Whether he’s teaching punk rock history at Tufts, lovingly teasing out the deets of the Minutemen’s Double Nickels on the Dime, or weaving an equal parts elegant and gritty tale of New Hampshire have-nots attempting to transcend circumstance in his lovely, affecting Swing State, Michael T. Fournier brings the heavy to his work.
The rising novelist/critic took the hardcore meta to another level with his 2011 novel Hidden Wheel, however, taking the 80 punk rock band from page to stage.
“Hidden Wheel was first: parts of it are loosely based on ten years of living in Boston,” he tells Decibel. “I was thinking about the Singularity a lot at the time, and wanted to use the digital vs. analogue argument as a plot point, so I had a solar flare erase all the world’s hard drives, making vinyl win — again. I was in grad school at the time, reading Bahktin, Faulkner, and Nabakov, so there are elements of each — tons of anagramming, and polyphony/multiple narrative viewpoints.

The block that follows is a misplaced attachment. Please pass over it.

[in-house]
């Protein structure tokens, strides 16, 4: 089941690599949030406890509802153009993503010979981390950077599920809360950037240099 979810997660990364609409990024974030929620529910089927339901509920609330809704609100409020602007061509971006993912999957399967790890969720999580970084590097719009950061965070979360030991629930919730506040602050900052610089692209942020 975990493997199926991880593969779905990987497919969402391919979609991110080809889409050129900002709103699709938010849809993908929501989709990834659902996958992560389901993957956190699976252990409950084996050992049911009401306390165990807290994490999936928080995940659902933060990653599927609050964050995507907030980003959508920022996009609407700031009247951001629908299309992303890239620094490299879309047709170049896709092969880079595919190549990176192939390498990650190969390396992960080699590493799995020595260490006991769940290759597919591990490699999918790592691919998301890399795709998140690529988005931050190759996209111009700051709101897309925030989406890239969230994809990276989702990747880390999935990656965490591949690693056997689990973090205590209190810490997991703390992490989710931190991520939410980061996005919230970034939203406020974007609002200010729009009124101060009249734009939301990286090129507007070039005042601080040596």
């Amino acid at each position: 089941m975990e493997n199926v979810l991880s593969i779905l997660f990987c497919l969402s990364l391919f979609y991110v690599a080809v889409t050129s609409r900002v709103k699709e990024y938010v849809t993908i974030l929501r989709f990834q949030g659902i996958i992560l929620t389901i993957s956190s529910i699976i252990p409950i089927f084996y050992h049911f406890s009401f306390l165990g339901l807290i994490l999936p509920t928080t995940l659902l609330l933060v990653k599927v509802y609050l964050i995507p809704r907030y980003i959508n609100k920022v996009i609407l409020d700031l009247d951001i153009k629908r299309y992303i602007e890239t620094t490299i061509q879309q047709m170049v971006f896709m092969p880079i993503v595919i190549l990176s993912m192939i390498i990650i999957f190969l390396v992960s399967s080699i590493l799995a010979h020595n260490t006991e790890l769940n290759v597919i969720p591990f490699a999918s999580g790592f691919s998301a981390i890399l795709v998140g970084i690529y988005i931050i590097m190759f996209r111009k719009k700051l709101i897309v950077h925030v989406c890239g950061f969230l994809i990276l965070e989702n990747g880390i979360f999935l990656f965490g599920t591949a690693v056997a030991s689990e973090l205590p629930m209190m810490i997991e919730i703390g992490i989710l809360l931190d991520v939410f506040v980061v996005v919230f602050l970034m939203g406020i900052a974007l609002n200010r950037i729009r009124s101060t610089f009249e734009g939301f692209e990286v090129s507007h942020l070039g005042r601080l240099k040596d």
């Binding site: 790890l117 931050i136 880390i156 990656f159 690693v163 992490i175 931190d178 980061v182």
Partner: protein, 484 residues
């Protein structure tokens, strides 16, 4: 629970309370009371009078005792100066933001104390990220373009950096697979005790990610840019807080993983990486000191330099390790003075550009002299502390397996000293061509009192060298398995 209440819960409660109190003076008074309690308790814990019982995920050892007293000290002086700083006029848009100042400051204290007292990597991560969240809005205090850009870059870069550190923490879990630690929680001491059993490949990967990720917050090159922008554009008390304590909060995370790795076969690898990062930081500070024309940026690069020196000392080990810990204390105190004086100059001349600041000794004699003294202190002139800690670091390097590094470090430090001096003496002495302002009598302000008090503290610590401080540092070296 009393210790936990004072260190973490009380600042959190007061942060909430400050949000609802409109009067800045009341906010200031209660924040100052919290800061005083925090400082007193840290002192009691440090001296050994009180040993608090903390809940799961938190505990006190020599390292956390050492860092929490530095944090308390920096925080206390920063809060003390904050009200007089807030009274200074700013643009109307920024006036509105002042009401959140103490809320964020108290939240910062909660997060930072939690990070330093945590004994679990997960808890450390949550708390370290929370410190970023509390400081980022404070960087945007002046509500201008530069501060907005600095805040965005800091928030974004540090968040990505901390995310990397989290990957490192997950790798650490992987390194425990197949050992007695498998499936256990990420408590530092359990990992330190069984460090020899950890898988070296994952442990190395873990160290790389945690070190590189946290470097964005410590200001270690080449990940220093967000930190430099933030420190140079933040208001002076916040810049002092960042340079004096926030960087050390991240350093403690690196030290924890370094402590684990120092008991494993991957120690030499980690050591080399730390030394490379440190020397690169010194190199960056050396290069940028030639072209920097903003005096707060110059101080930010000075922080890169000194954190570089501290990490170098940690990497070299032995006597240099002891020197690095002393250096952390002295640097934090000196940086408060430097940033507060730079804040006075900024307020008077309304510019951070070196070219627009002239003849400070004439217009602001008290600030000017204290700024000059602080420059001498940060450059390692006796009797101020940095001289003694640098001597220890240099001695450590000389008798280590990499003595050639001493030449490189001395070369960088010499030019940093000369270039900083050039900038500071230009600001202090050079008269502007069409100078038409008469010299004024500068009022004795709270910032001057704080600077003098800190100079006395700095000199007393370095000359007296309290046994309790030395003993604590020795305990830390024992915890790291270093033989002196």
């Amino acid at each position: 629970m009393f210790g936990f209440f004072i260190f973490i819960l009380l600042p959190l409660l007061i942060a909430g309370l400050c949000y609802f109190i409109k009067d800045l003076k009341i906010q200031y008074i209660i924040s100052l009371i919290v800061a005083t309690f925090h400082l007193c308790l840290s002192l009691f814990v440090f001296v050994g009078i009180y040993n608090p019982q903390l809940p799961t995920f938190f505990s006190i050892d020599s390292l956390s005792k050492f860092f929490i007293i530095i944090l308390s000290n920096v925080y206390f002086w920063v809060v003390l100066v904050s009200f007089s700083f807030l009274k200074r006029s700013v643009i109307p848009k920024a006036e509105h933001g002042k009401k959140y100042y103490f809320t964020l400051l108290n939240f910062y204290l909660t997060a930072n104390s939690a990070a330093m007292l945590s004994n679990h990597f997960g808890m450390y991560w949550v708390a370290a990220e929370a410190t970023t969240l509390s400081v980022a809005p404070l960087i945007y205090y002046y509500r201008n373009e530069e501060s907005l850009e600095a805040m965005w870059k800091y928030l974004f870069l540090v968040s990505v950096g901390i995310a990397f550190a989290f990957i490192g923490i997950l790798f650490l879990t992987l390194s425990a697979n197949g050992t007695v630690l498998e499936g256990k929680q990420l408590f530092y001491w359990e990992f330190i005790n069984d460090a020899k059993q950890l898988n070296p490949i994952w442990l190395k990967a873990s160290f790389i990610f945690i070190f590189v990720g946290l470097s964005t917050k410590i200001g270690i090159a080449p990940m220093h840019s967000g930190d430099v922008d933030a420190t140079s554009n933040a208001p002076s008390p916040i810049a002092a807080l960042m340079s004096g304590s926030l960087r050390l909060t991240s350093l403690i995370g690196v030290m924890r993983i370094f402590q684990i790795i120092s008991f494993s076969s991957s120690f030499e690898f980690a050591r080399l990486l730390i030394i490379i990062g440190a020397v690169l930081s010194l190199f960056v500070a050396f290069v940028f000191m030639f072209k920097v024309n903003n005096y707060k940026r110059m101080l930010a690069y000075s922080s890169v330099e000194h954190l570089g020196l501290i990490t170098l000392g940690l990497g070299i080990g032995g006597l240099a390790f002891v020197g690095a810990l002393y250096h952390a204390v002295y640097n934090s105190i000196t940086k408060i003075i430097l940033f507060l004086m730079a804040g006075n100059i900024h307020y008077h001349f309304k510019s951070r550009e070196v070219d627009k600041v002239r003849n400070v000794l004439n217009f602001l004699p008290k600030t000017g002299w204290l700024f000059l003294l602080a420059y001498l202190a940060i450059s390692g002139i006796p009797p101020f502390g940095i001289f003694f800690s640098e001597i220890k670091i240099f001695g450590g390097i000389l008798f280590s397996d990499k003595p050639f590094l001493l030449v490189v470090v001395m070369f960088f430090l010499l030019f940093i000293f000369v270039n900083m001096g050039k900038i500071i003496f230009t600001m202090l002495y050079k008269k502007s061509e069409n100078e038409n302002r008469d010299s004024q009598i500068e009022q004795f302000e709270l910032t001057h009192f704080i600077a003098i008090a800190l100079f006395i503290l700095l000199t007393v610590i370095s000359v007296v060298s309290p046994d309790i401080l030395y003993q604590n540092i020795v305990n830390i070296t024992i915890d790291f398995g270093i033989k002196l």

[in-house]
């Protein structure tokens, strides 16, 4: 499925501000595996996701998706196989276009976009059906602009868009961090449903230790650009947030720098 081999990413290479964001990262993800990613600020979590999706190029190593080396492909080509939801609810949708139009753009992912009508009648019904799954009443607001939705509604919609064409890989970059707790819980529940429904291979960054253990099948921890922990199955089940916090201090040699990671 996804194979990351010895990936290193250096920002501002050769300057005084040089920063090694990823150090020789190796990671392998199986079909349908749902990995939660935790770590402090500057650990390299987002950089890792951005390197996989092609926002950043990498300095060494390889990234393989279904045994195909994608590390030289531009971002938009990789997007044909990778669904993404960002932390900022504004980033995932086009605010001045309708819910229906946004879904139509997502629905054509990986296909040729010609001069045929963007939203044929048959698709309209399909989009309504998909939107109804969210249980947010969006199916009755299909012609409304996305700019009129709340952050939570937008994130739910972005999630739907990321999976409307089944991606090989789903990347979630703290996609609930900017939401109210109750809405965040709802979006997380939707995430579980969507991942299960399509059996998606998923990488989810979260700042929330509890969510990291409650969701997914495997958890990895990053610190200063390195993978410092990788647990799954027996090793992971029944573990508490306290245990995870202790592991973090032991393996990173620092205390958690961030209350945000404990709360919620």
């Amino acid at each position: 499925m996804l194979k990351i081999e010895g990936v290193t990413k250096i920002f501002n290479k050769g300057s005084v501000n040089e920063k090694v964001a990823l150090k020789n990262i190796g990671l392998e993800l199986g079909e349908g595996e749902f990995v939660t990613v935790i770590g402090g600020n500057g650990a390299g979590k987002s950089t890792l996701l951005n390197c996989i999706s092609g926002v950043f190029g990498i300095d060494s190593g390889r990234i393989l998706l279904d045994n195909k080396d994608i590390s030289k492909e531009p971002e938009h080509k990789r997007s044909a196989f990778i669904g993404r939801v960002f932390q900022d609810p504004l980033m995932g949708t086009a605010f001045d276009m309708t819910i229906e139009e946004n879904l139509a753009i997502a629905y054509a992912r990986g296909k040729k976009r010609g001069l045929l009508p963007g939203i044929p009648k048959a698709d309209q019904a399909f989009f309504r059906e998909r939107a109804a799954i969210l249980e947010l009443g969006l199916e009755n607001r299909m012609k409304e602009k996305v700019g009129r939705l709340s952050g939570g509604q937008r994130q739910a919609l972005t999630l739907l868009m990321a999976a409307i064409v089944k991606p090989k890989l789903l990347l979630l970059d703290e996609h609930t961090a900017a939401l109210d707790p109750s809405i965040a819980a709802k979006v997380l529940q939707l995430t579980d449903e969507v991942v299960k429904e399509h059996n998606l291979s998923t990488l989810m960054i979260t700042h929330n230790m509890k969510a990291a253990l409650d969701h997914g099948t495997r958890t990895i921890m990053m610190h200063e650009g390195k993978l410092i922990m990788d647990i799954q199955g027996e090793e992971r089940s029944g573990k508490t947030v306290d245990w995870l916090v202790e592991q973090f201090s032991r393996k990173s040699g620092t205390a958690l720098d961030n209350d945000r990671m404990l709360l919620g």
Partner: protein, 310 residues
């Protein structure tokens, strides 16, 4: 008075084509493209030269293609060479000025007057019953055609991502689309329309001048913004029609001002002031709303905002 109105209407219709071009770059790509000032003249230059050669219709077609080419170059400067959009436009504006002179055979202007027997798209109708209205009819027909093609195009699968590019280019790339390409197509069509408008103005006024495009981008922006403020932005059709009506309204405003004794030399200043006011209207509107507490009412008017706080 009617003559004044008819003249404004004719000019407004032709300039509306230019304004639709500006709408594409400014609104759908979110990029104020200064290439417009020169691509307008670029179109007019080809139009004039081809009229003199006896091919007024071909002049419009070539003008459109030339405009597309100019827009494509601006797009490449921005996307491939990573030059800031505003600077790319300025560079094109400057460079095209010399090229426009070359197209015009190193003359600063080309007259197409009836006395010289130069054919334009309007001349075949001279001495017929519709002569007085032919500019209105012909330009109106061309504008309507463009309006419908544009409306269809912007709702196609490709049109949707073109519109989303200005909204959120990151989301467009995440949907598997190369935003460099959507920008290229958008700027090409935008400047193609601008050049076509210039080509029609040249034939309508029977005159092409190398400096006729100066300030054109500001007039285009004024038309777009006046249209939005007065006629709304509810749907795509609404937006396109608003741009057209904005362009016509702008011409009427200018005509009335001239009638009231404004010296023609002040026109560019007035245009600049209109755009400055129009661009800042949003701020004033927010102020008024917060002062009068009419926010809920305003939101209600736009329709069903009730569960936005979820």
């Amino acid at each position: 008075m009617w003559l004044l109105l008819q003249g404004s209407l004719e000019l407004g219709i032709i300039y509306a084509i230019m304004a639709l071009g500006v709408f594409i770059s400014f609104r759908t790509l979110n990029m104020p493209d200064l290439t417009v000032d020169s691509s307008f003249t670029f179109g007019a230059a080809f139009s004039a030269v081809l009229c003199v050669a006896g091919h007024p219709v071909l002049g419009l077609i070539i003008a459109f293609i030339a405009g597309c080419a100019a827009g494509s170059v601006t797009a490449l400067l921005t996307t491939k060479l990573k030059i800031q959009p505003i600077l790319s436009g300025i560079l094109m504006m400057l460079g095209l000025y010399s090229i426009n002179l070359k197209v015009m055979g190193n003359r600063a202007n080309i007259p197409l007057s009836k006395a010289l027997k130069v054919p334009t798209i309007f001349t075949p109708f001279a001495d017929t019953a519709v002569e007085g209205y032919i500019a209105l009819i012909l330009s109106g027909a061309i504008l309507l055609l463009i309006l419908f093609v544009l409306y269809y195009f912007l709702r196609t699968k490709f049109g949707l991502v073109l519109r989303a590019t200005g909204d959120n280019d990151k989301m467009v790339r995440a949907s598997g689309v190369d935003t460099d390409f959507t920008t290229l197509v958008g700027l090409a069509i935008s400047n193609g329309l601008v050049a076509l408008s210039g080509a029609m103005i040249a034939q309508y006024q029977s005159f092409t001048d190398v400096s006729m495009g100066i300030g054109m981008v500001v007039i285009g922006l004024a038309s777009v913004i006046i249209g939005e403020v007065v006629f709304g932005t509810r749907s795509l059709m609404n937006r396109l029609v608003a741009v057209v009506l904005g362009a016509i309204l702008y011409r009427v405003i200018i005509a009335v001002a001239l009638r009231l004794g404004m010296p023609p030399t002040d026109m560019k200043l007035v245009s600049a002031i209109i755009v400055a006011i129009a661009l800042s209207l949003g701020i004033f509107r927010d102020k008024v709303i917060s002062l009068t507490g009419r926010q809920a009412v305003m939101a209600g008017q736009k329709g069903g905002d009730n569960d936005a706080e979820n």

“Dead Trend started with me walking around the house humming all these stupid hardcore songs I made up for the book. I already had enough guitar to write hardcore songs and learned how to play drums when I was in grad school at UMaine, so I thought it would be fun to try and play 80’s style hardcore with friends. I recruited some dudes form up there — two-thirds of Great Western Plain and my 21-year-old boss from WMEB — and we started playing. It’s a lot of fun. Our tenth show was opening for Mike Watt’s book release in NYC at Le Poisson Rouge, which was a highlight.”
Check it out for yourself here:
“Swing State was originally a light-hearted reflection on living up in Orono — I intended it to be in the John Irving/Richard Russo arena,” he says. “After I toured Hidden Wheel, in 2012, I made an effort to make the new stuff easier for me to read out loud — I did my own ‘HW’ audiobook and read in around 20 cities, and trust me, reading a character whose dialogue is unpunctuated rapid fire was no picnic. With that said, I worked Upward Bound at UMaine for a few summers. The students in the program had — and have — so much adversity to get through, which bled into the writing: one of the main characters lives in a Coover-ish fantasy world where he hosts his own game show; another tries to escape by stealing iPads and whatnot from cars. The tone of the book was also influenced by the death of my mother-in-law, who was diagnosed with cancer in October 2011 and died a few days before Christmas the same year.”